In the US employees are being sent home because politicians so dislike the idea of the state providing people with healthcare that they'd rather close down government.
Here in the UK Kwasi Kwarteng, Conservative MP for Spelthorne in Surrey said yesterday:
"People do not expect us to be terribly friendly or terribly in touch with our emotional side. What they expect, what they look to from a conservative government is competence and have a plan. We've got to be the party of business and free enterprise."
And George Osborne promised to balance the government budget by 2020 by squeezing social security.
In all these comments and actions there is a theme. It is of politicians who hate government, who serve self-interest and appear to have contempt for those not as fortunate as themselves.
I am aware some think what I do is political. So be it: that's their view. I disagree. My motive is social justice. I believe that all have a chance and all who succeed have a duty to those who cannot or do not share their fortune.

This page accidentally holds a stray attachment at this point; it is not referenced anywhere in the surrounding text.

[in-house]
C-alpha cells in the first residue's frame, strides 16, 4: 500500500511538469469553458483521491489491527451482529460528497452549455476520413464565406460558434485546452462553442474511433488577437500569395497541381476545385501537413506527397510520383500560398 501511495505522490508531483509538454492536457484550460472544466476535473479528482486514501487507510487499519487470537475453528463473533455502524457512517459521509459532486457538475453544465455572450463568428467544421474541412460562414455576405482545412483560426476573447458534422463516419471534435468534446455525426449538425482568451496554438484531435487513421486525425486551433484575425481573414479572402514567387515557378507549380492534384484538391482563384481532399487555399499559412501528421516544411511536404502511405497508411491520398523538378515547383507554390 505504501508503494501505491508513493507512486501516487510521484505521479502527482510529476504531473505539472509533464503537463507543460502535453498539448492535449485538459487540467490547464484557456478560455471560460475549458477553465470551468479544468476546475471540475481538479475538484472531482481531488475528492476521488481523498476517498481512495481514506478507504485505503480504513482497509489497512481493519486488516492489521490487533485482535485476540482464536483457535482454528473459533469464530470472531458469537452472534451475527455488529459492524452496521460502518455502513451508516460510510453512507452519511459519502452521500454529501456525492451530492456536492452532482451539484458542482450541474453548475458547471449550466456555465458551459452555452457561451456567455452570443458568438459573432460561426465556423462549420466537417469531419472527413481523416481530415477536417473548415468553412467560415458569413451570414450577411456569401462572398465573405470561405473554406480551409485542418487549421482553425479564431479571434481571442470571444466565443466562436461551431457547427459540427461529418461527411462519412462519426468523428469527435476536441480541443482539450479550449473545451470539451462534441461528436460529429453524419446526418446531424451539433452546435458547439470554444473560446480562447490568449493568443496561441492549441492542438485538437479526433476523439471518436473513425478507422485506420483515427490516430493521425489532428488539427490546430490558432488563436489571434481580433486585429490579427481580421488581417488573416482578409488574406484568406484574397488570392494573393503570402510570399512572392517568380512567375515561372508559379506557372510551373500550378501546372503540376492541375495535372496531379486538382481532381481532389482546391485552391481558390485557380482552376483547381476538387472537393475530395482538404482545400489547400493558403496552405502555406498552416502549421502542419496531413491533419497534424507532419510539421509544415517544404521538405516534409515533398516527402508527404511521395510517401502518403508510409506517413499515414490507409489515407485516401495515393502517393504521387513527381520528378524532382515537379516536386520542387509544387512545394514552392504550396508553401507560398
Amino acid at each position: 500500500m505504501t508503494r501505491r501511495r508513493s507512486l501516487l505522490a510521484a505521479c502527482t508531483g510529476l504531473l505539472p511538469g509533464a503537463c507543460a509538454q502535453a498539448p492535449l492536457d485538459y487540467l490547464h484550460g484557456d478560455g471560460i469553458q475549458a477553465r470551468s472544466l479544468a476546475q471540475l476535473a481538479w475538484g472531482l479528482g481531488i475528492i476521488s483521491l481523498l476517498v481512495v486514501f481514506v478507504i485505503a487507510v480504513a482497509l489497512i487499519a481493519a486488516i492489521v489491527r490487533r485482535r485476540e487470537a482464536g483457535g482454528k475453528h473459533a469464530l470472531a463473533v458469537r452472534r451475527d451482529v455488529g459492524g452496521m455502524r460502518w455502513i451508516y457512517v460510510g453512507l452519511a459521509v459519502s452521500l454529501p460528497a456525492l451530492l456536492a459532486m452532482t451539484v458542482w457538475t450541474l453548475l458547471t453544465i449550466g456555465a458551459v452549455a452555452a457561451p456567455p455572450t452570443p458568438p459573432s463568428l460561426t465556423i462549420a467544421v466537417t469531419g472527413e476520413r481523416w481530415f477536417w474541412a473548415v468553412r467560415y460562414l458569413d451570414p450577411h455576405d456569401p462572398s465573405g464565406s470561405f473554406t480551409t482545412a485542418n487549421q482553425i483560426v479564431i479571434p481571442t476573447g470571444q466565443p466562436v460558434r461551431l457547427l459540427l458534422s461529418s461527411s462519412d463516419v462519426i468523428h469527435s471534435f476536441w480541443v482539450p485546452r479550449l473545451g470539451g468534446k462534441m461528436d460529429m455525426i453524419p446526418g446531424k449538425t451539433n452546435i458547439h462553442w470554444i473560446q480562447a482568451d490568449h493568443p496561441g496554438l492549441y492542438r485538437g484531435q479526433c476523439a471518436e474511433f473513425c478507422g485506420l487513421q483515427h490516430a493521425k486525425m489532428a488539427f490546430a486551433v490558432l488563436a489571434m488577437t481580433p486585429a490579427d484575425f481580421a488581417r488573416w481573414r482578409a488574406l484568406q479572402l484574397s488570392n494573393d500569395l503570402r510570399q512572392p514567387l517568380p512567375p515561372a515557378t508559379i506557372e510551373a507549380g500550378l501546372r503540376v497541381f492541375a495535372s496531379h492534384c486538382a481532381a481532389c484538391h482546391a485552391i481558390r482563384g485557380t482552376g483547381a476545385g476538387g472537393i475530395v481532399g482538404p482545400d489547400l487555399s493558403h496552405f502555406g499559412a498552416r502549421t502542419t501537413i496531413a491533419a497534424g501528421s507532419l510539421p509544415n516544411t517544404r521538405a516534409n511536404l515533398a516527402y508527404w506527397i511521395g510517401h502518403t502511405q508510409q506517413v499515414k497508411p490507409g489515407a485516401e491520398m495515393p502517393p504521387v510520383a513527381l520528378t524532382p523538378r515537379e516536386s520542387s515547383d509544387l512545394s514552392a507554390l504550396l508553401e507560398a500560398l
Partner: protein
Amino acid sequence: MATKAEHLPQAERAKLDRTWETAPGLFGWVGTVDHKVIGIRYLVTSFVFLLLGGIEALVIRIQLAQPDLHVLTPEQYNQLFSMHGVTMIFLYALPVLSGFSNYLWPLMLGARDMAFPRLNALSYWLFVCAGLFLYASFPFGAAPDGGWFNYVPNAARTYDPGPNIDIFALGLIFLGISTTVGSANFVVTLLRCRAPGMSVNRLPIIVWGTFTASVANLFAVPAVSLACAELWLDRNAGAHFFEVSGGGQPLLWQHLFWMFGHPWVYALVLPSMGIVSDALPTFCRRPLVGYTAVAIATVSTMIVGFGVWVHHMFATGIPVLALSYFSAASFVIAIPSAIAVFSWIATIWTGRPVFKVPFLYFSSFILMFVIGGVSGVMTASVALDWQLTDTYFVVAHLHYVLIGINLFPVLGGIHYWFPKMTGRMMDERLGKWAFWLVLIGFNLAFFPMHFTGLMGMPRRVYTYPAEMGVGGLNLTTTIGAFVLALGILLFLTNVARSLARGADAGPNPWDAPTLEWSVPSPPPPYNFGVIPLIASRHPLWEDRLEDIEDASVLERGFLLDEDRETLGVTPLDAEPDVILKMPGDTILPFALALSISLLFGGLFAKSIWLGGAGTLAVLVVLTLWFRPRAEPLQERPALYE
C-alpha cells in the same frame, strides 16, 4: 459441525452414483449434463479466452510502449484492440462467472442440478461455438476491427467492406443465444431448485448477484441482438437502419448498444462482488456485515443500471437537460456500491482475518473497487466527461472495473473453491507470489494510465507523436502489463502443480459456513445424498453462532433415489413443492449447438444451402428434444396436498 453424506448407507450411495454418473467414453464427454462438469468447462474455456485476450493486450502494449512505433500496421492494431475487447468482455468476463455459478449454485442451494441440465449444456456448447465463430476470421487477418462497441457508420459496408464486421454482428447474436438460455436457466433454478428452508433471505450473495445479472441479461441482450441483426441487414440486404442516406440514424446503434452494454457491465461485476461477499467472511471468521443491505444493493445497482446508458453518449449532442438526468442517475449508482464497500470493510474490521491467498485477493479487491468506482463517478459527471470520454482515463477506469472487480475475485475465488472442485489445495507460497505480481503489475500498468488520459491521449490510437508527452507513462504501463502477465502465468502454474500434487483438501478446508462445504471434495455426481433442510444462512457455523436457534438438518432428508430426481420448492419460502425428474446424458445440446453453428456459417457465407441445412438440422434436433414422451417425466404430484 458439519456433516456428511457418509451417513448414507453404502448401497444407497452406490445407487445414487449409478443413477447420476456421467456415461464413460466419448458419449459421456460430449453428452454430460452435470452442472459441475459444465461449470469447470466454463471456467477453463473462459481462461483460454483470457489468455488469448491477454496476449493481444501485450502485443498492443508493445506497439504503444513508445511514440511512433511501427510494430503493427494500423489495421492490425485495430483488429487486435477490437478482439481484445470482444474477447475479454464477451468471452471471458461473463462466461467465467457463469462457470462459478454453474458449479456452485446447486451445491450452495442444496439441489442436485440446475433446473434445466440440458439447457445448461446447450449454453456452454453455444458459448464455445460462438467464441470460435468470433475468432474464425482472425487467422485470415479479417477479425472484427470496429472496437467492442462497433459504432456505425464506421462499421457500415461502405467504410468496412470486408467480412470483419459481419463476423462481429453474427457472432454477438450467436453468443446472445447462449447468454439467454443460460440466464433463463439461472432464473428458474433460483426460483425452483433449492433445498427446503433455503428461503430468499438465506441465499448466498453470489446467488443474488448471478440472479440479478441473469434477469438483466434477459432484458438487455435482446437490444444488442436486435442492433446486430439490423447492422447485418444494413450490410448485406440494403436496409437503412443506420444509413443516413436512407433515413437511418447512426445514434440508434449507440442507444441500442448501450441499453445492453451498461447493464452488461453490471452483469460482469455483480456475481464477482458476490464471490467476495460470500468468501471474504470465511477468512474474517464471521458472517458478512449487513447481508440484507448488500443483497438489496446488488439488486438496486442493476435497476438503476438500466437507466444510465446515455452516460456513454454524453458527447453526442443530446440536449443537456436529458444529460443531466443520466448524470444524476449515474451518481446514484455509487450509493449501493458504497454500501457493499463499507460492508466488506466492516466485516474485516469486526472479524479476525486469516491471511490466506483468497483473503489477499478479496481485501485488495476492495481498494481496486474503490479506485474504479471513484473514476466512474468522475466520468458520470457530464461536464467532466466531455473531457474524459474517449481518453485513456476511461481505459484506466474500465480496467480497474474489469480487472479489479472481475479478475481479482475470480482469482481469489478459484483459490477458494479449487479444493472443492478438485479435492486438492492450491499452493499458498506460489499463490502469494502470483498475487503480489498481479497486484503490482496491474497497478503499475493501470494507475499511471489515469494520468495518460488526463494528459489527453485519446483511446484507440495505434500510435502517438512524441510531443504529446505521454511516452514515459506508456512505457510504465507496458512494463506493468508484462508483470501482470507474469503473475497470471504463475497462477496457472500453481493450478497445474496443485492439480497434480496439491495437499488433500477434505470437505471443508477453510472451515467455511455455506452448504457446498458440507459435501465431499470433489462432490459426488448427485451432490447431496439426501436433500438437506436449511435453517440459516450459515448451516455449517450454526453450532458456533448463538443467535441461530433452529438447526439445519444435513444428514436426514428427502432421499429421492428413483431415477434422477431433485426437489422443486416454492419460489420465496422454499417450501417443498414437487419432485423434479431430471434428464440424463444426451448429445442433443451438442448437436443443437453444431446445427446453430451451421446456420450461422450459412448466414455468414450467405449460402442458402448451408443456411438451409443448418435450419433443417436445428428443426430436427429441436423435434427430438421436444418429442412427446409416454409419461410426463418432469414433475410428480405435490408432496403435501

The problem is - and I'll talk about this in York next week - is that the prevailing culture is antagonistic to caring. And that's why I do overlap with politics, because when caring hurts people suffer. If politics is the cause of that failure, and it often is, there is no choice but to engage with the political culture. That's what social justice demands.
In the US and the UK political culture is deliberately failing far too many people. To say so is the least we can do.